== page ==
Sugden's A21SE Signature Integrated Amplifier: Simply Stated, Simply Wonderful

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Sugden

I am reminded by dialog spoken by King Osric (Max Von Sydow) in the movie “Conan The Barbarian.”

When King Osric needed Conan to rescue his daughter from Thulsa Doom, upon dumping out a bag full of jewels and offering them to take all they wanted, he says,

“ There comes a time, thief, when the jewels cease to sparkle, when the gold loses its luster, when the throne room becomes a prison, and all that is left is a father's love for his child.

So it is with me in my audiophile time of life, where what matters most to me now is not high power, not large heavy pieces of equipment, not stacks of individual components, nor even high and flighty names. While I freely admit all those “jewels and gold” did, at one time, matter to me; I have had Krell, Audio Research, Martin Logan, Duntech, Focal, Oracle, SME, Koetsu, Convergent …the list goes on and on.

What matters most to me now is the music and the sheer plain pleasure I get from listening to it, and that the equipment, no matter how humble or low power it may be that creates it, evokes a sense of pride in the ownership of it, not because anybody else says it is good, but because it is to me, and that it is crafted with a sense of pride on the manufacturer’s part to always make the best possible product without ever sacrificing what got them there.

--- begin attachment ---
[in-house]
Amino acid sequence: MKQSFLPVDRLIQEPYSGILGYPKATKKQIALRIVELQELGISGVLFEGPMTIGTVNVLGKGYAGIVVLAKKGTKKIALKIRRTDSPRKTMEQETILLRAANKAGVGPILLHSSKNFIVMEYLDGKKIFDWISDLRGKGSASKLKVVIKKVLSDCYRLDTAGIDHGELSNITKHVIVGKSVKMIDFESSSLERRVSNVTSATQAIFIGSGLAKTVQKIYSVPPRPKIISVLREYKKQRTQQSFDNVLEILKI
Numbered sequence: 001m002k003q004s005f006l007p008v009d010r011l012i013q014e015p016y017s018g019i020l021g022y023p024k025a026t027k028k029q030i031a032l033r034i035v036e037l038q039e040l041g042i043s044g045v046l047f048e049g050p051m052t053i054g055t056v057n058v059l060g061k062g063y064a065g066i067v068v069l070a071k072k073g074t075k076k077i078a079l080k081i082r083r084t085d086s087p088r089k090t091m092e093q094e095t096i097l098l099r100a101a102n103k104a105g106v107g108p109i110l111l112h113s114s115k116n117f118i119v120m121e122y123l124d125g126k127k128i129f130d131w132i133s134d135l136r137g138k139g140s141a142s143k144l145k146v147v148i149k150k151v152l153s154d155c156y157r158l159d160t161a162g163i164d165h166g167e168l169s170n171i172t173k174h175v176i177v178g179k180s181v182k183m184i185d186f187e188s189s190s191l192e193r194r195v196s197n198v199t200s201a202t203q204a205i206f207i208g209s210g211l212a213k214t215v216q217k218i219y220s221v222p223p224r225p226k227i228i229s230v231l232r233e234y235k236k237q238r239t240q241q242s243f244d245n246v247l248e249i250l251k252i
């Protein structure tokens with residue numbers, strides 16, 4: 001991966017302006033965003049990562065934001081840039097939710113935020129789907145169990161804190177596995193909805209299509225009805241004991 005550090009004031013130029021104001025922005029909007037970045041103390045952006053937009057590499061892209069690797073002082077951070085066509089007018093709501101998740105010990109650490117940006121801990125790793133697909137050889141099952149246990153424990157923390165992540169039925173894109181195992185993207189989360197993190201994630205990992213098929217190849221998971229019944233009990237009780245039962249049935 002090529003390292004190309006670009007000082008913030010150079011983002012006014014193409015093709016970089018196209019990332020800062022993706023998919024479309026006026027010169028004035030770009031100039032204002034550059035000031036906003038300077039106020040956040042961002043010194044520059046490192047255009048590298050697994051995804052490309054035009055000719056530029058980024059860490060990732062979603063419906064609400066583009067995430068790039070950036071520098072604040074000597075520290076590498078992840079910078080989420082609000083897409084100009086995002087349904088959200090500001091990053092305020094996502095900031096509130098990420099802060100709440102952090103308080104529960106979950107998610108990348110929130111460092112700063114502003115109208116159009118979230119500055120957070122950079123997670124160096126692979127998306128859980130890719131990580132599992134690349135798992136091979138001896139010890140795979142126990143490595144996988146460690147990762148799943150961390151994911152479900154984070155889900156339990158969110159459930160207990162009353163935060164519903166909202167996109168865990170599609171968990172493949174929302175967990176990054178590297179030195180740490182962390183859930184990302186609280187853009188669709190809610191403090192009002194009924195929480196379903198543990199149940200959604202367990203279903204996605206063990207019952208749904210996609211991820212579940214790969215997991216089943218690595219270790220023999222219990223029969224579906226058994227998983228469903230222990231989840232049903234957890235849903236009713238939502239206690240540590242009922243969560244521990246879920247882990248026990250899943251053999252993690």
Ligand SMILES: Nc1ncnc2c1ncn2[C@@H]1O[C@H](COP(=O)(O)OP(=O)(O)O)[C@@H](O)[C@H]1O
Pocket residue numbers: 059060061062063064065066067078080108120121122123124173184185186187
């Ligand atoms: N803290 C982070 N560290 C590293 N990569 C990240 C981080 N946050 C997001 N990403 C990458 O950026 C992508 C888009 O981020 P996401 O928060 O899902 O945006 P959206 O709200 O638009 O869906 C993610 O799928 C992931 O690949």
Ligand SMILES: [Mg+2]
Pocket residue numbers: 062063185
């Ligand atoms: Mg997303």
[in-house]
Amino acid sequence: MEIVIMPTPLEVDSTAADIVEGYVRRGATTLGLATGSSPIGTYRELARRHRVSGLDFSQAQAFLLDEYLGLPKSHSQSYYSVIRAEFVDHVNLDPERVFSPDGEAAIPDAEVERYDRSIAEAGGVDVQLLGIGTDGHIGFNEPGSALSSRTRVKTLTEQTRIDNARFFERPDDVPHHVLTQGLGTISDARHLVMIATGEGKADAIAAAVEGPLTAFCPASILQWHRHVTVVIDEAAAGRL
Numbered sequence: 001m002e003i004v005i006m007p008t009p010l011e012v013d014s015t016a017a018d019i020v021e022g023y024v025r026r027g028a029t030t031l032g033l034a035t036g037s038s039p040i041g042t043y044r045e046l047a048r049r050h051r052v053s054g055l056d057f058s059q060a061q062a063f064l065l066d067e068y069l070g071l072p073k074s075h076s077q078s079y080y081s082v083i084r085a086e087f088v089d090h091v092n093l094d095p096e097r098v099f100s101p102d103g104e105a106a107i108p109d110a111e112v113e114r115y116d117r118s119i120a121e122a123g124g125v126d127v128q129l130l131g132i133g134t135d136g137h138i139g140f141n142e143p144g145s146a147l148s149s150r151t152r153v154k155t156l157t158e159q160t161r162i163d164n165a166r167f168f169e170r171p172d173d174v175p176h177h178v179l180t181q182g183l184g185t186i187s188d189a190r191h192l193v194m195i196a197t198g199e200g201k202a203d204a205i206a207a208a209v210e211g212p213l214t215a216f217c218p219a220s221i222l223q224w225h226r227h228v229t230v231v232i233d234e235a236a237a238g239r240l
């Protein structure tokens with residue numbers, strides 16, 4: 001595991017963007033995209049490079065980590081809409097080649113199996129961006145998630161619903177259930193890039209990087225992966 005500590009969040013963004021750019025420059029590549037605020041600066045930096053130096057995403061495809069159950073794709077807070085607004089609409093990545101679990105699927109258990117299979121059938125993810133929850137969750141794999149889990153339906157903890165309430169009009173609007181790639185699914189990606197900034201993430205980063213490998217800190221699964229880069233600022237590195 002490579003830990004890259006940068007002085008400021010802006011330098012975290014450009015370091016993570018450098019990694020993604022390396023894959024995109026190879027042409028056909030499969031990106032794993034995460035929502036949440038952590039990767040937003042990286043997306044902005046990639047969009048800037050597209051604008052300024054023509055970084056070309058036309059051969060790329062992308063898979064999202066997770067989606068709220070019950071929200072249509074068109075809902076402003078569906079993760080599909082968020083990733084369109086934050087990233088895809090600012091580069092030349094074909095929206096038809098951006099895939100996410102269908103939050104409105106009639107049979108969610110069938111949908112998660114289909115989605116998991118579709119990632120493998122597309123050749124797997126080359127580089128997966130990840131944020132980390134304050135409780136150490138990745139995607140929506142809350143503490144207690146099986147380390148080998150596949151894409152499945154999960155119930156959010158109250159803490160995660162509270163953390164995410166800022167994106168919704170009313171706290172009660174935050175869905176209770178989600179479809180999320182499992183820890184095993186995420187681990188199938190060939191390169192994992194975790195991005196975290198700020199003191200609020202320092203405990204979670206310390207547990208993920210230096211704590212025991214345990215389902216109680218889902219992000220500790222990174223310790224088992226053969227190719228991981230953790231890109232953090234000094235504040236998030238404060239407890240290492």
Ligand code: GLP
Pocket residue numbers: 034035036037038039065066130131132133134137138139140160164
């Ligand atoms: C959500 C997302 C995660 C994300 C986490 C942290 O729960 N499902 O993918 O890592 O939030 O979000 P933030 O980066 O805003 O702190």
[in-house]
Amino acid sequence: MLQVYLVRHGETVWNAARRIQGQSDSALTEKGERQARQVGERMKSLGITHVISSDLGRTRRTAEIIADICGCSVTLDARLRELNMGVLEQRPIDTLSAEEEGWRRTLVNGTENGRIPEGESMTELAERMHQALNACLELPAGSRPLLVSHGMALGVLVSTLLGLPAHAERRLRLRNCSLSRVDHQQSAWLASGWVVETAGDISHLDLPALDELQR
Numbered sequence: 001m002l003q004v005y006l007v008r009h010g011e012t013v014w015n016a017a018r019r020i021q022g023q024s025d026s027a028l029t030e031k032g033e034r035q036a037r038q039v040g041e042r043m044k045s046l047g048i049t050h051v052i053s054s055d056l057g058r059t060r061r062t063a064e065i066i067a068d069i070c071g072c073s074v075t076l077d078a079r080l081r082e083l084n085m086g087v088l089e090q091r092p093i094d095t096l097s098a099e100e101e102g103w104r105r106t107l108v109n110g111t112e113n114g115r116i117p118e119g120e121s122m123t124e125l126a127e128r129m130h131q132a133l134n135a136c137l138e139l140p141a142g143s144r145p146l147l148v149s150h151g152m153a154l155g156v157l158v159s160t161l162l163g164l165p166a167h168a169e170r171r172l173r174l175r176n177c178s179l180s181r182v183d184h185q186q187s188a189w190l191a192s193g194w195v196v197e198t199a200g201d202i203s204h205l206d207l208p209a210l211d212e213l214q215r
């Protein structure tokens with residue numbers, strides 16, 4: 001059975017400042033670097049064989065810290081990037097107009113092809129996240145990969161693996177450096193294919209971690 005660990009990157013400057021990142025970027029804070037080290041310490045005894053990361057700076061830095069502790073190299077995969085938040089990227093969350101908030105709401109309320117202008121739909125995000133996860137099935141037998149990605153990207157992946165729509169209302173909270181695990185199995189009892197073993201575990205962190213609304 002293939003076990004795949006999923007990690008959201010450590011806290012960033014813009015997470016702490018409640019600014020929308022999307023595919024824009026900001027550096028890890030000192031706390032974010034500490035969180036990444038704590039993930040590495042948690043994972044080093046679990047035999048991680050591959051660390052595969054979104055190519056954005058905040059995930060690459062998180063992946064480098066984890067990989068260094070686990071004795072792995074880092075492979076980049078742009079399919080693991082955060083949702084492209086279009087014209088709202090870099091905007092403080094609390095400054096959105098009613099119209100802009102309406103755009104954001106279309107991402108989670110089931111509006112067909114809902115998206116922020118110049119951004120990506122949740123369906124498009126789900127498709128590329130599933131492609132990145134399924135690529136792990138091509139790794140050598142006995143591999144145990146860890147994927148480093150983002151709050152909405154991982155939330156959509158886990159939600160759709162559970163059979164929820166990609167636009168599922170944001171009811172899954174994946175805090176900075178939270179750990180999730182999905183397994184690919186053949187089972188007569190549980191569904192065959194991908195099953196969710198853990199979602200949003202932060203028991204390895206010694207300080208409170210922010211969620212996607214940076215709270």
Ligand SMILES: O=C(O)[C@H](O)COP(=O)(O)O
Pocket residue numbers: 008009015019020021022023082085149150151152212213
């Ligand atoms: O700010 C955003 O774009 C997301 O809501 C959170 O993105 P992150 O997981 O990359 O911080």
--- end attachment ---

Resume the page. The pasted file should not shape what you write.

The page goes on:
Enter into my life at this time the beautifully made, nay crafted, Sugden A21SE Signature Integrated amplifier. To many in the U.S. this name is as strange and foreign as McVitties Digestives or cans of Mushy Peas, but all have been around for years and all still wonderfully delicious.

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While many big name audio companies have come and gone throughout the years or have sold out to other even bigger conglomerates, the fold at Sugden have continued happily making their audio equipment in the English town of  Heckmondwike -- all by hand, I might add.

Sugden Audio Factory

Throughout the years, and through many different stereo set up configurations, my personal taste in equipment has always leaned towards the music conveyed through a solid state amp and a tube preamp. I love the weight and control of the bass produced by a Class A solid state and the open, harmonal rightness that a tube top end produces. To me, when properly paired, this has always provided me with aural bliss.